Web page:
Manitoba program continues to

develop TDA solutions ...

Tire Derived Aggregate (TDA) has been used in civil engineering projects, mainly as a construction material, for almost thirty years.  Given its unique properties such as durability, flexibility and light weight, the variety of its applications has seen significant growth over that time.

For many years, Tire Stewardship Manitoba (TSM) has supported TDA as a viable and sustainable solution for the scrap tires generated in Manitoba.  Currently representing about 75% of the final markets for end-of-life tires processed in the province, from an environmental perspective TDA offers a high-volume, cost-effective option.  One cubic meter of TDA fill consumes about 100 chipped or shredded tires and depending on the project scope, can require anywhere from 20,000 to a million tires or more.

TDA is typically used to replace other more traditional materials (soil, gravel, clean fill, and lightweight fill such as polystyrene) and offers an economical solution for projects that would benefit from its unique attributes.  The broad categories of civil engineering applications for TDA are:  Road Construction (embankments, stabilization, retaining walls, edge drainage, road sub-grade, thermal insulation for frost reduction); Septic Construction (absorption trenches); Light-Rail Construction (vibration abatement); Landfill Construction (drainage layer, leachate or gas collection, cover material); and Building Foundations (backfill/drainage).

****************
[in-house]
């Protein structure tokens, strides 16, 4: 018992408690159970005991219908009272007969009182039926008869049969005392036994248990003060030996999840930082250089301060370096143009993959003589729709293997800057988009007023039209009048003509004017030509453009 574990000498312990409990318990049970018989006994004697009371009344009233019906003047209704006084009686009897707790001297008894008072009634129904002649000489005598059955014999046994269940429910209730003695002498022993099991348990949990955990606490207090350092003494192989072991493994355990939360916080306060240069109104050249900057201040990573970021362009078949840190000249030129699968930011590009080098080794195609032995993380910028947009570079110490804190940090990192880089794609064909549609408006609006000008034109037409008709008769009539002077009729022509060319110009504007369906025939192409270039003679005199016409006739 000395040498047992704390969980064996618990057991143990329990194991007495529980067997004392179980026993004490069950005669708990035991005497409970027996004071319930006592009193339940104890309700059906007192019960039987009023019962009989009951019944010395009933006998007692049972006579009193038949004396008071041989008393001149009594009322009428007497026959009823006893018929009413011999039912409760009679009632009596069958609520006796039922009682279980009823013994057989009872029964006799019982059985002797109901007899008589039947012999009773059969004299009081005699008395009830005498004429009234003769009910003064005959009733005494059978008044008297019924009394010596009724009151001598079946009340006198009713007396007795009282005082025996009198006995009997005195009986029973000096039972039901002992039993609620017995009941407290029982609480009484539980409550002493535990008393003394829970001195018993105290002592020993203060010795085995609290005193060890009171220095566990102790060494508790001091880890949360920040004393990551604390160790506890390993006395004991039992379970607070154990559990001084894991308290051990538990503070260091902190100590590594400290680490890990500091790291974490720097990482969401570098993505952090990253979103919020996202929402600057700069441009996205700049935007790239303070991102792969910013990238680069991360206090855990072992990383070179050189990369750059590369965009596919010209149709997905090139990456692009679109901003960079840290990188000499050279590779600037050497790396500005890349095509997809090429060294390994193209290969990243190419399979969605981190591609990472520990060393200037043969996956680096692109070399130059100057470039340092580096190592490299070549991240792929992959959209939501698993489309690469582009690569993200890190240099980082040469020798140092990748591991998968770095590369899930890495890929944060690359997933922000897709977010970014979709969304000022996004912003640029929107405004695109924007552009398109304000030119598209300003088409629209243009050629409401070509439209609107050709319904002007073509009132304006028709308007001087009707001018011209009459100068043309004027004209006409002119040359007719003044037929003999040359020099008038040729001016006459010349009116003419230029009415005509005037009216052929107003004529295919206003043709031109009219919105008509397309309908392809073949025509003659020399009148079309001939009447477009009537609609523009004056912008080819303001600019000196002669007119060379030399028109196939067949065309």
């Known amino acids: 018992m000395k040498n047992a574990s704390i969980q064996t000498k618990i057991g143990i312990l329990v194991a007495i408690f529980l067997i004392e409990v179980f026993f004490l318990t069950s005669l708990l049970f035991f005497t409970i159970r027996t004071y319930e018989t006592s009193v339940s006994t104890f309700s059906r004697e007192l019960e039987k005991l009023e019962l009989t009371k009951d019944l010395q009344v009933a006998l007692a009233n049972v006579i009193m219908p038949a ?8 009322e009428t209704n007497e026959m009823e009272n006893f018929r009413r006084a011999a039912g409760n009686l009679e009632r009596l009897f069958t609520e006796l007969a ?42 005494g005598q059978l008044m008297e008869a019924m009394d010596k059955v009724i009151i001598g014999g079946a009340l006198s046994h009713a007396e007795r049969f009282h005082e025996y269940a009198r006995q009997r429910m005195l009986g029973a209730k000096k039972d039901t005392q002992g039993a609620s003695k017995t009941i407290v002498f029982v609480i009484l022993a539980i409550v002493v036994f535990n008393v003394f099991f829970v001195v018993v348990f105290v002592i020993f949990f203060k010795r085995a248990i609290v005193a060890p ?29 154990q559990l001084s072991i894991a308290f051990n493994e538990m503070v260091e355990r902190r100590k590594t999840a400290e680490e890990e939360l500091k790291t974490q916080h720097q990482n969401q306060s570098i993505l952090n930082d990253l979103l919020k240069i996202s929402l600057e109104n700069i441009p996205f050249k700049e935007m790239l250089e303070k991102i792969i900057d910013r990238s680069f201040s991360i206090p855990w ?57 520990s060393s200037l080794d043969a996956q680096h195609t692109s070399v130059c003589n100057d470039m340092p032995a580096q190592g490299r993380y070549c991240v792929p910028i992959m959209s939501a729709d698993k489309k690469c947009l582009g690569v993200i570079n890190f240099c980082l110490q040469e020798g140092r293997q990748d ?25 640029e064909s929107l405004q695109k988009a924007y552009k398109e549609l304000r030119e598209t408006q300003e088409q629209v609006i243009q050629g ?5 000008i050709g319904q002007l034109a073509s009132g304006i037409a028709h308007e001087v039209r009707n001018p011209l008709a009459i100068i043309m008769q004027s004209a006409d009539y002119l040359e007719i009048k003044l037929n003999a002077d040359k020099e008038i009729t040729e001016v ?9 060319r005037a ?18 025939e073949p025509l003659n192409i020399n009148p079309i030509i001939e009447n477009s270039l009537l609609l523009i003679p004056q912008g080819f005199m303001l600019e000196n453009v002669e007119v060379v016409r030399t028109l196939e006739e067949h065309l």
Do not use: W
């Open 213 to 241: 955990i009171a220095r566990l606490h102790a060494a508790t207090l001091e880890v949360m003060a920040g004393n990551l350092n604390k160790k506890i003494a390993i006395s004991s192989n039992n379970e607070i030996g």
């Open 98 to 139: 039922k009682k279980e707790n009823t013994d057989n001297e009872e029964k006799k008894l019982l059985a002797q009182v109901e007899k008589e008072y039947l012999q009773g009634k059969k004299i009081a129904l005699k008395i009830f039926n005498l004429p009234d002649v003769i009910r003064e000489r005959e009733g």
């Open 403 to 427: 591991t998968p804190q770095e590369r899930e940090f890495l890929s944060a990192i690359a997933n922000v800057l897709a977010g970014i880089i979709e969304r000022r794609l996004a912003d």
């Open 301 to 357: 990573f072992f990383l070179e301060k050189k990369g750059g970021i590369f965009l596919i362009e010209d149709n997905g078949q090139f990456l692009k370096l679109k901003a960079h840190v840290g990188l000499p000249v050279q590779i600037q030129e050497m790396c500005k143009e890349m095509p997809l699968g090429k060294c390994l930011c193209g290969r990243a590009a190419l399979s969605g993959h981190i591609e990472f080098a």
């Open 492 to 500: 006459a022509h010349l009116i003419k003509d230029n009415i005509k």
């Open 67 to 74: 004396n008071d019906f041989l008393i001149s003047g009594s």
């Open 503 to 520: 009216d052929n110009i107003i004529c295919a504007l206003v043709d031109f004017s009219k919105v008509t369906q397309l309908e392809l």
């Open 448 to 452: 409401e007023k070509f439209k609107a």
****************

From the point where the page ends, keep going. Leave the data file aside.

In recent years, TSM has focused primarily on TDA used in road construction and building foundations:

  • From 2008 when the province’s program transitioned from a government-run to a stewardship model, TSM continued to support the use of Manitoba TDA in municipal road construction and repair, offering a light-weight fill material to improve the stability of embankments built on weak soils in rural roads.

TSM’s technical report (May 2018) “Tire Derived Aggregate (TDA) for Manitoba Municipal Roads” identifies the road projects completed and highlights the features and costs of TDA compared to natural aggregate.

  • In 2017, TSM awarded an applied research grant to Red River College to test TDA made from passenger/light truck and medium truck tires as a replacement for natural material in basement backfill applications. It followed an earlier TSM grant to the college to create an Experimental House on campus to install and test, in Manitoba’s climes, the technical and commercial viability of TDA from off-the-road tires as backfill under concrete slab floors and outside concrete basement walls.
The final report (June 2018) “Demonstration of the Viability of Using Tire Derived Aggregate (TDA) to Replace Natural Material (NM) in Residential Home Basement” details the specifications and results of this multi-year initiative.  With no negative effects identified, the comparative outcomes of TDA were positive in the key areas of heat loss, moisture retention and lateral pressure on basement walls.

“(…) the work we did was very thorough and methodical.  It (TDA) is a viable product and can be used effectively” said researcher and report author Shokry Rashwan, Ph.D., P.Eng., Paul Charette-Manitoba Applied Research Chair in Sustainable Construction.

TSM previously also supported a University of Manitoba project using TDA in a rural residential septic system application, and an Honours Thesis assessing the use of TDA in a constructed wetland filtration system of a municipal wastewater lagoon.

When it comes to using TDA, Shokry Rashwan stresses the importance of ensuring that the required standards are met, a lesson learned early on in the TSM backfill study.  “Unless the product is made properly with the correct specifications, the results will fluctuate significantly.  The installation is critical to positive performance – the notion that you can just dump it (TDA) in is wrong.”

Want more information?

Visit TSM’s website for further studies and reports supported by the Manitoba agency.

For information on other Canadian tire recycling programs and their end markets from processing end-of-life tires, follow the links on the CATRA website.